Kathya Alexander Beacon
  • Kathya Alexander Beacon
I heard Kathya Alexander tell a story about dying a few months ago, and it froze the room to silence and pin drops. The sound of her voice has been imprinted on my brain ever since. A voice from the gut, riding slowly and austere over the slopes of her words. Alexander was basically dead. True story. In 2006 she experienced Sudden Cardiac Death, and her heart stopped for 37 minutes. During this 37 minutes, an EMT arrived and helped revive her. The EMT, a woman dressed in white, never left Alexander’s side. Alexander described her as efficient. This woman in white wouldn't give up, even though the other EMTs were urging her to stop, because Alexander's brain had gone without oxygen for so long. The woman was the last EMT to arrive. A year later, Alexander wanted to thank her, so she went to the fire station on 23rd Ave. where she was based. But no EMT or fire department employee matching the woman’s description worked there. They didn’t know who the woman was. No EMT at any of the stations, hospitals, or ambulance companies matched the description. Alexander didn’t have her name. No one had ever seen this person before. Alexander never spoke to or saw her again. Alexander said she goes to the fire station every year on the anniversary and takes them a gift of gratitude. She calls it her Resurrection Day.

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Alexander is working on a novel about five generations of women who have been visited by an angel during the most difficult times in their lives. A North Little Rock, Arkansas native, Alexander now lives in Seattle. She has been awarded Freehold Theater’s Diversity Scholarship, a Writer In Residence at Hedgebrook, and last year she received a CityArtist Award from the Mayor’s Office of Arts and Cultural Affairs.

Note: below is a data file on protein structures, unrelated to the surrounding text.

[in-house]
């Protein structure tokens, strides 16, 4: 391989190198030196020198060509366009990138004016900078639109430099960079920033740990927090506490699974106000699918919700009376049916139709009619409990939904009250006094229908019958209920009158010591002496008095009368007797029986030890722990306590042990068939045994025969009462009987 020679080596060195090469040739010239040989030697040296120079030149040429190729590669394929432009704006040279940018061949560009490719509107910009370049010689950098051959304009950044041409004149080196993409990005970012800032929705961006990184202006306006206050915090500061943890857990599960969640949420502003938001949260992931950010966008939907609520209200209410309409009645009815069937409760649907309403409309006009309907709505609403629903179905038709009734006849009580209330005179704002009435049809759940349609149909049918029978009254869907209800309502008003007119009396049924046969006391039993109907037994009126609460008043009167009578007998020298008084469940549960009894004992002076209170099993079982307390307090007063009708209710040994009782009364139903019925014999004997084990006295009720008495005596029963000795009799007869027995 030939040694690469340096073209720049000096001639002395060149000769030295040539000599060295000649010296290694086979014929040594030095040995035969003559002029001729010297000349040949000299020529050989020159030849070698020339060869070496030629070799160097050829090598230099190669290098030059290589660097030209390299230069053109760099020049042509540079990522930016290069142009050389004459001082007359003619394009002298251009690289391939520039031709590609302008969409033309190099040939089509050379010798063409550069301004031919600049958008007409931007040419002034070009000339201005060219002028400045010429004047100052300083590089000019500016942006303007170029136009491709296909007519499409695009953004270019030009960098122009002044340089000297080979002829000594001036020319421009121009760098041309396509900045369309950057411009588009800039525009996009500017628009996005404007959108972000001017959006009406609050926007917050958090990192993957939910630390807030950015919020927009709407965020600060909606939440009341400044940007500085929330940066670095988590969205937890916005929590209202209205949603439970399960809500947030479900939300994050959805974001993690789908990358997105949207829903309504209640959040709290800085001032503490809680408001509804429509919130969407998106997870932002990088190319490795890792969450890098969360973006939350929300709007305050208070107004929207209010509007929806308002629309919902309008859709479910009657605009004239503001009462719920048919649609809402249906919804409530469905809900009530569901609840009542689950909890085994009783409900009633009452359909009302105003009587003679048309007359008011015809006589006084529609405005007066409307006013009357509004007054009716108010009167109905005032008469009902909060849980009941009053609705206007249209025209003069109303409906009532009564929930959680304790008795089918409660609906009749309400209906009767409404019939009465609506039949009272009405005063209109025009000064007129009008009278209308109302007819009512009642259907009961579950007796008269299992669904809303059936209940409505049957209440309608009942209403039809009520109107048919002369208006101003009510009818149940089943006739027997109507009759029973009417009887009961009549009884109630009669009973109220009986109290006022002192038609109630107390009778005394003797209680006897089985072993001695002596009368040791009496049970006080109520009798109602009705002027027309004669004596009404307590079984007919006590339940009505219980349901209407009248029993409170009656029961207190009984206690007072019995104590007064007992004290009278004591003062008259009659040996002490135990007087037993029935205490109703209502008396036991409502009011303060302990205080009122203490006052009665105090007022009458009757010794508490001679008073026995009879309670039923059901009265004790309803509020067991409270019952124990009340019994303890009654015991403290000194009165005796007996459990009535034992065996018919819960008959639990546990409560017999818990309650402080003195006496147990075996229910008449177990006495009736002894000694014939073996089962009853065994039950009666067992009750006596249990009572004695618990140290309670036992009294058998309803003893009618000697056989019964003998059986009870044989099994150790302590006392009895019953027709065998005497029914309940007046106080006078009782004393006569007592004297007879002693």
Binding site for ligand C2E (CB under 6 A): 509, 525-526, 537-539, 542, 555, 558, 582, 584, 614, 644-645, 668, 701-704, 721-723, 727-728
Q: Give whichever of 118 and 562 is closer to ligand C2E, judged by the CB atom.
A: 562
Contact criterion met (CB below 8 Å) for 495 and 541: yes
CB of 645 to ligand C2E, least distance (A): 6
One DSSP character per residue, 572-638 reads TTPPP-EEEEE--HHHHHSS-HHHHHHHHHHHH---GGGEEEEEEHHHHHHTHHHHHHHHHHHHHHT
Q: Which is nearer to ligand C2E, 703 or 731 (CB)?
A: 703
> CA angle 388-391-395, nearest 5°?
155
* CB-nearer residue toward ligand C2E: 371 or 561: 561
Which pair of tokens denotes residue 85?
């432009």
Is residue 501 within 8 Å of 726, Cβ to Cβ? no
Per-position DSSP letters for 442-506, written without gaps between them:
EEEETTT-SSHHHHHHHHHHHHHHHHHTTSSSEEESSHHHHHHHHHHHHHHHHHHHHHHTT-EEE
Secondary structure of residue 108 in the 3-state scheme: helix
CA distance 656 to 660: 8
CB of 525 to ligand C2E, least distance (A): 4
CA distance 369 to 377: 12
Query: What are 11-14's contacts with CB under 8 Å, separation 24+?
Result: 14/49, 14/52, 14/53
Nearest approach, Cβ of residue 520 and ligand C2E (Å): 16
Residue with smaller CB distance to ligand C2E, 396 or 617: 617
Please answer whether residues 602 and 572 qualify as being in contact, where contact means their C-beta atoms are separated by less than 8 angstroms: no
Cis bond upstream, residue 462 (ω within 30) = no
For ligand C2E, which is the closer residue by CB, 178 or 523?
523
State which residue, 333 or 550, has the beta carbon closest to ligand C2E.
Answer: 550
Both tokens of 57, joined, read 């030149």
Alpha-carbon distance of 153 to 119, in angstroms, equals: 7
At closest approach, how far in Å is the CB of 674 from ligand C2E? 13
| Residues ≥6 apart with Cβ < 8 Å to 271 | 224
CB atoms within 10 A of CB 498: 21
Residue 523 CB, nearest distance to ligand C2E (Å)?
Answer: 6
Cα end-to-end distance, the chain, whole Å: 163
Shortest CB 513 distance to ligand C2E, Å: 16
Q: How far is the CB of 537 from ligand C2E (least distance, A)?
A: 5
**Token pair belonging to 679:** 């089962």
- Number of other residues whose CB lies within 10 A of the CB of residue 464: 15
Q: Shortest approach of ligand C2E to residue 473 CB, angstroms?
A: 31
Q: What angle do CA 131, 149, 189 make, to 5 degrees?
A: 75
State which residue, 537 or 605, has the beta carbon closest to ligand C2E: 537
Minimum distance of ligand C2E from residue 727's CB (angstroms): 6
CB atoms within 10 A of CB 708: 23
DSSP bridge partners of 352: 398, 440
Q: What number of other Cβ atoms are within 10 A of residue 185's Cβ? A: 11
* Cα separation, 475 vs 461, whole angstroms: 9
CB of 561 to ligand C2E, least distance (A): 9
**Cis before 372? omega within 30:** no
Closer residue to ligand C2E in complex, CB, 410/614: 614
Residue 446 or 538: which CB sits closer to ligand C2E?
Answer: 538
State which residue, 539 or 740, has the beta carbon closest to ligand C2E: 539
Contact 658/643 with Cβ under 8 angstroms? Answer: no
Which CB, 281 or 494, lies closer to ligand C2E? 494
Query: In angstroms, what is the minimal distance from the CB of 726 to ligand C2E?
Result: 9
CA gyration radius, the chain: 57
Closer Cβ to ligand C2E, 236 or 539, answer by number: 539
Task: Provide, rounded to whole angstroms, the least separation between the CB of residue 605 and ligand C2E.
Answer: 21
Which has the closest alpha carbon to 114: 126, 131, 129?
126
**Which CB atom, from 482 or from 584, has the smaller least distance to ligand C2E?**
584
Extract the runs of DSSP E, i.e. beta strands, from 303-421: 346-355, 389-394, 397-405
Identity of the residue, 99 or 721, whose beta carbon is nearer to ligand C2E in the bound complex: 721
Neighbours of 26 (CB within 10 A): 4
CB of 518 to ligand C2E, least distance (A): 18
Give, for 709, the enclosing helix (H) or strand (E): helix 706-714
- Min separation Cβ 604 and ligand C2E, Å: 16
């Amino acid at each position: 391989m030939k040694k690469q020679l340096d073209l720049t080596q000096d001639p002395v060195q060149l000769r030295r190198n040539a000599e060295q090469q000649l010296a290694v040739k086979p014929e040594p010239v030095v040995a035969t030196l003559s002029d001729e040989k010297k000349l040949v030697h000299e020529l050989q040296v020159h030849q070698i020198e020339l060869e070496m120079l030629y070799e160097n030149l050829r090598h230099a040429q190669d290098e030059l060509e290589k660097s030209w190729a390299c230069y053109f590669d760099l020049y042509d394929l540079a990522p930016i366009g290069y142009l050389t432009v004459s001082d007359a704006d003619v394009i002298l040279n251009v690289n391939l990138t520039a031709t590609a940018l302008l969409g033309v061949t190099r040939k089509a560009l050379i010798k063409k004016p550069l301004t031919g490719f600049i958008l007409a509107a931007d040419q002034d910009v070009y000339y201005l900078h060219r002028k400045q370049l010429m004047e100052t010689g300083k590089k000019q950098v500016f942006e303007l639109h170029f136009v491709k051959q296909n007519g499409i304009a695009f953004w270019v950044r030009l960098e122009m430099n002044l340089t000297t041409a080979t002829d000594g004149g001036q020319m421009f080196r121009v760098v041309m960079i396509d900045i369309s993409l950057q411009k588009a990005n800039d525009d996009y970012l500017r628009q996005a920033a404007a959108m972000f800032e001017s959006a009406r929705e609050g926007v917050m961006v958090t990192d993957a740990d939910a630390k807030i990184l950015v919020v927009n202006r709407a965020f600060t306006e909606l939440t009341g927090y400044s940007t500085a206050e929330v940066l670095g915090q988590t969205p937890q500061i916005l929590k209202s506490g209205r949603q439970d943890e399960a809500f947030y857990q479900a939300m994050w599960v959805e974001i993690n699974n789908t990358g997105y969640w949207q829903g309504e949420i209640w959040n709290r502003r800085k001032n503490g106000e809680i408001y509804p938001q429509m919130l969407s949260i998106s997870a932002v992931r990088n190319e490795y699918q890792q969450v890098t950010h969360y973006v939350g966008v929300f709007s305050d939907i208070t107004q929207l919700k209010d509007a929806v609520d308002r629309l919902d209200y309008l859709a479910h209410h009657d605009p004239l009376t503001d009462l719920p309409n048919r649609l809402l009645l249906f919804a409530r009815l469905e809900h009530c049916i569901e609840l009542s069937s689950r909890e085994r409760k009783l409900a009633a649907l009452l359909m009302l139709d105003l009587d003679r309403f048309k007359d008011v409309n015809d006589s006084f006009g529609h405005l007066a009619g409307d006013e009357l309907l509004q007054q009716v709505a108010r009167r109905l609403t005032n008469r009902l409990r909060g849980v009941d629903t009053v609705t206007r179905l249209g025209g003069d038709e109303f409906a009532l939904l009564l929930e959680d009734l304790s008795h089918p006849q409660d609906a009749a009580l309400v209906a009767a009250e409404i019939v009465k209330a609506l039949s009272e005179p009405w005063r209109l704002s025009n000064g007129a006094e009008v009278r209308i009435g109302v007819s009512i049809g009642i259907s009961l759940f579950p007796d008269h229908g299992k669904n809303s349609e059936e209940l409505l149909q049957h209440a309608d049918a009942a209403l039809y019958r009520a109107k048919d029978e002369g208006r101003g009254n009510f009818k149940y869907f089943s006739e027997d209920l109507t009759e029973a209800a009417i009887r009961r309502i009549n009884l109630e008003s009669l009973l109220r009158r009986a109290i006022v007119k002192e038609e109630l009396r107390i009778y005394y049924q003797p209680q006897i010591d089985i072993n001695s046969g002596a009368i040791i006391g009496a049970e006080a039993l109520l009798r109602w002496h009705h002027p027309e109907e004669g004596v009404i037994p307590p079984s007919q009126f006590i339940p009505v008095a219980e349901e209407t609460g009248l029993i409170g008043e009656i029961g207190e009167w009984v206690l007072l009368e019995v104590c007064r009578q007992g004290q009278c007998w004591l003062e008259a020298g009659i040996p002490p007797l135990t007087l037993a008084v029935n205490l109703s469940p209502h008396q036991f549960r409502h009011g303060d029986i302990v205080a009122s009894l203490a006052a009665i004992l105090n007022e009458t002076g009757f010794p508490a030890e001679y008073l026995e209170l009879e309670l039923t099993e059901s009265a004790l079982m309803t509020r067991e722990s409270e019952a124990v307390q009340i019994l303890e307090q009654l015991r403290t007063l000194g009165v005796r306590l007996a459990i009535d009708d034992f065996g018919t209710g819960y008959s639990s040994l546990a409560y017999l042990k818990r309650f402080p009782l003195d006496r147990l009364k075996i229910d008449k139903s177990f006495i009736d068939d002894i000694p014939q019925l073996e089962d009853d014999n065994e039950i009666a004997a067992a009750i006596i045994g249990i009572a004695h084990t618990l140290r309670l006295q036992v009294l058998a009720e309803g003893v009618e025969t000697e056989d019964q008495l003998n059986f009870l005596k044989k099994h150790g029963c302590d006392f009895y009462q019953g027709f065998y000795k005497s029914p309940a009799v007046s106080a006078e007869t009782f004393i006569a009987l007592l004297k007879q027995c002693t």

* Alexander is reading tonight for Auntmama's Story Table at the Madison Park Starbucks. You must see and hear her, she’s a beacon. It's FREE. 7 PM to 8:15. Presented in conjunction with Seattle Storytellers Guild. Katherine Gee Peron, Olubayo, and Auntmama are also reading. 4000 E. Madison St.

An excerpt from "Angel in the Outhouse" in Alexander's upcoming novel:

What happen next my Mama say she never tell a living soul. She say a hand reach out and grab her. And just like that her pain is gone. She say a woman stand before her. Bright and shiny as the sun. She say the angel speak and say, “I come from God. His will be done.” When the angel speaks she says she hears it not in her ear.

I say, “It must be sorta like the night when you hear the thunder roll.”

“Yes,” she says. “Like that.”